Sorry to Bother You ★★★

I love that this movie exists. I love how willing it is to be weird, take swift turns, and trust that the audience is with it as it follows its dystopian satire logic to its sci fi ends. I love that much of its character conflict is how being a scab makes all of your friends dislike you. I love how so much of the film is about how easy it is for resistance to be corrupted, how existing and succeeding in white supremacy and capitalism means selling some of your soul, and every character exist on a spectrum of how much they're willing to give up of themselves for a kind of gain. And yet, it doesn't really come together.

A lot of the movie is about how Cash puts on a performance, his "white voice," and how that allows him dubious access to a certain kind of capital, the insidious cult of corporate incentives. We also see how Detroit puts on a performance, for art in and out of the gallery. Even Squeeze performs, salting and organizing, to his co-workers and to the media. The film's most astute and biting moments are when we see how these performances are being received, and what this reception does to the performer. That's why the most compelling scenes are with Cash at Lift's party, as he is more explicitly performing versions of Blackness for a white audience, and we see immediate audience response, and then his recognition. The rest of the film doesn't spend time with the reception of these performances, since much of the telemarketing is told in montage, and other scenes about performance aren't given much time. (Detroit's gallery performance scene has no bite, unfortunately, and her character feels woefully underdeveloped.)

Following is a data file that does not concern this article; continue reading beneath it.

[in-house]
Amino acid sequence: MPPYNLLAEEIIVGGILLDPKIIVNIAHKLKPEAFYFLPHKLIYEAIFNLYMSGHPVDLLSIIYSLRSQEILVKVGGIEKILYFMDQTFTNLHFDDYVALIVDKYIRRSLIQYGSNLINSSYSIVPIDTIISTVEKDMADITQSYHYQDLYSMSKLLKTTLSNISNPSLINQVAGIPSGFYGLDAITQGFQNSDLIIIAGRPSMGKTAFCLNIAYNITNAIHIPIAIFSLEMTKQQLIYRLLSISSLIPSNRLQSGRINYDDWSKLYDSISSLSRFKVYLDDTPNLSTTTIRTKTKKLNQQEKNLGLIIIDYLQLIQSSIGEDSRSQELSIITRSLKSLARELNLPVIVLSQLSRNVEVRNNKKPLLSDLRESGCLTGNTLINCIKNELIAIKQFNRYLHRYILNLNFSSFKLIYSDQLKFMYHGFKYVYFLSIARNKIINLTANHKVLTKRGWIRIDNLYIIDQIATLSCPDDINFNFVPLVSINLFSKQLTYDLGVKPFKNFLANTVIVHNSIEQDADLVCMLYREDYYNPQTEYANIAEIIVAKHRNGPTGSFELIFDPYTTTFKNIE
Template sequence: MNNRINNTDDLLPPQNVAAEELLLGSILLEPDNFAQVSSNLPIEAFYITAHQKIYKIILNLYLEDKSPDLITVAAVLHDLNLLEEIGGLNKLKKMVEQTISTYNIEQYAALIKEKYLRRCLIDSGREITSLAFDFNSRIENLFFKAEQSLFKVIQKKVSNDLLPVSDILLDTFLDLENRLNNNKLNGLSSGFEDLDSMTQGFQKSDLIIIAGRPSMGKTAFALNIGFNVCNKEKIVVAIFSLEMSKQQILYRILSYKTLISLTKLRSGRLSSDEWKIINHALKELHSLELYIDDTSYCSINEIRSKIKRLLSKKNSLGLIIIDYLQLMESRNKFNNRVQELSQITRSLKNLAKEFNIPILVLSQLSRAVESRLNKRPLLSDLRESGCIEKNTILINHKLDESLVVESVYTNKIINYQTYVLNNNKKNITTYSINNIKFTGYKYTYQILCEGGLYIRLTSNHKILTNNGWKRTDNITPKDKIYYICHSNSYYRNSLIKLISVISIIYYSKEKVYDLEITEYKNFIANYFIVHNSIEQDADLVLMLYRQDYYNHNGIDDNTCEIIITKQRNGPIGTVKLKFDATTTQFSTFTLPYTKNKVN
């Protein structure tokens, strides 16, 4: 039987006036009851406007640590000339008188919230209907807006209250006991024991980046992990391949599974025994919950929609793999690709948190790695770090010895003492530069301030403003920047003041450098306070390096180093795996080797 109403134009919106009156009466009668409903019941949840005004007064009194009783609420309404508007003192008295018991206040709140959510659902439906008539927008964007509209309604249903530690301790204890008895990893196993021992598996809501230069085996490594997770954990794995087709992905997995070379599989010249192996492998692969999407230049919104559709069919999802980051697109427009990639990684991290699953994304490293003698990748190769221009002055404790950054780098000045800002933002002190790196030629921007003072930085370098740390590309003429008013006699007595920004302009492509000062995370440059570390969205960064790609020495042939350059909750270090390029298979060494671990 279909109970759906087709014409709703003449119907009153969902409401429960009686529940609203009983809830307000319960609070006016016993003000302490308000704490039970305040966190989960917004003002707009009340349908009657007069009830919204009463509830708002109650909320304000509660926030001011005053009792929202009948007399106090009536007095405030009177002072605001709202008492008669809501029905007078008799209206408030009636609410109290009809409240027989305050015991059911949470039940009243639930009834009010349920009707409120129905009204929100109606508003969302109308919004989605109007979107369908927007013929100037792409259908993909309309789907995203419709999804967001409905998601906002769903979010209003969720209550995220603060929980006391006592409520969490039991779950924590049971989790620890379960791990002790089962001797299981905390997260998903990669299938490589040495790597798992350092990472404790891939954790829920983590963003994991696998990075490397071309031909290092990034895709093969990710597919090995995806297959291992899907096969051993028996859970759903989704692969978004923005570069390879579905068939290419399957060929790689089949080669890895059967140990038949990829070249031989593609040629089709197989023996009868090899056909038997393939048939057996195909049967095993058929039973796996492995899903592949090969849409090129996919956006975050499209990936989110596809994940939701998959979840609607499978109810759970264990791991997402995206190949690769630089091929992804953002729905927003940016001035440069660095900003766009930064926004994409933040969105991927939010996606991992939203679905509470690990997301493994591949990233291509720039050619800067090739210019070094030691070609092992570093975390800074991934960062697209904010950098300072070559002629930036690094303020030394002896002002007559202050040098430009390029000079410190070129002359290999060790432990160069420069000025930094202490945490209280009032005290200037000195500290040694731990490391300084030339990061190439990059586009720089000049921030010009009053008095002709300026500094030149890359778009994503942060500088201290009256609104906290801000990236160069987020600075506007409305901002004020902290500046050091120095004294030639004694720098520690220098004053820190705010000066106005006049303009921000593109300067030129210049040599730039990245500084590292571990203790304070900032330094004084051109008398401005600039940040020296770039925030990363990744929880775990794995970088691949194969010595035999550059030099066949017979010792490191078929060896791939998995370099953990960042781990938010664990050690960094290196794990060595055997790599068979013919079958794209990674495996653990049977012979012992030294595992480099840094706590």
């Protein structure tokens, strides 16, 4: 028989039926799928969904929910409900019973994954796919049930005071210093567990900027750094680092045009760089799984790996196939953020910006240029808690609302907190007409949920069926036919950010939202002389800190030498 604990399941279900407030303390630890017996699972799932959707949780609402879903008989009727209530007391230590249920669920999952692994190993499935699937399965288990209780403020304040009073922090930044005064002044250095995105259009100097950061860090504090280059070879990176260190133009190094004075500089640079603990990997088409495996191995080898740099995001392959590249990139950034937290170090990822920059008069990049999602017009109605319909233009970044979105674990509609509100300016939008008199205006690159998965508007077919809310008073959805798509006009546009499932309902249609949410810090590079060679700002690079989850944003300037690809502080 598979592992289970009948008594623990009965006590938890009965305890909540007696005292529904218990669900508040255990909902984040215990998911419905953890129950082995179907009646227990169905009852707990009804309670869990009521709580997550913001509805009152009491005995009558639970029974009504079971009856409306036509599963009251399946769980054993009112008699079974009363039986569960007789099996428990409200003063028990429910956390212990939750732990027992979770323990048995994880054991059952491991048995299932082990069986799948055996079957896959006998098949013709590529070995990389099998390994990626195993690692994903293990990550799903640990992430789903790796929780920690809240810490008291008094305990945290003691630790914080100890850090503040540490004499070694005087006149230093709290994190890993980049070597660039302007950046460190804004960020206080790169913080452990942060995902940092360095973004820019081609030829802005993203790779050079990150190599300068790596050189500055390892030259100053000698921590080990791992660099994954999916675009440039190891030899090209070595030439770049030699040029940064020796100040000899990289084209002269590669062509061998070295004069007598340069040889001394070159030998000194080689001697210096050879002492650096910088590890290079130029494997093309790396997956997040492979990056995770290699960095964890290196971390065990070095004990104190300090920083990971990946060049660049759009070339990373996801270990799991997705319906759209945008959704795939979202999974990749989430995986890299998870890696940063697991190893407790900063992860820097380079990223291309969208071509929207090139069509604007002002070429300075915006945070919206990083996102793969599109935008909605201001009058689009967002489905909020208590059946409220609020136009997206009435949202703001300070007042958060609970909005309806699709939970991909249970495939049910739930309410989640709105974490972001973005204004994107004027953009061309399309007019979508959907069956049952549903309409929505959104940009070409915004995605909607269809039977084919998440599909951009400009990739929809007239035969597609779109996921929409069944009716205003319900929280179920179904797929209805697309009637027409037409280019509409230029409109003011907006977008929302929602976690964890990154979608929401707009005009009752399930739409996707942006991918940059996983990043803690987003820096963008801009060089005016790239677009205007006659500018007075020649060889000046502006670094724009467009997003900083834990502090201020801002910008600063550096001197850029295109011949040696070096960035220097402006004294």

By focusing on the satiric world building instead of character's reactions to one another, it loses itself a bit. This world building is full of interesting ideas, but they feel a little removed, both very on-the-nose (not a bad thing!) and a little shallow at the same time. The film's all over the place, and then quickly throws a bunch of stuff at the wall right at the end, not quite sticking enough for emotional or comedic weight.
I really wanted to like this a lot, but I'm more uncertain about it, disappointed. Excited to see what Riley's next film is.

Ben liked this review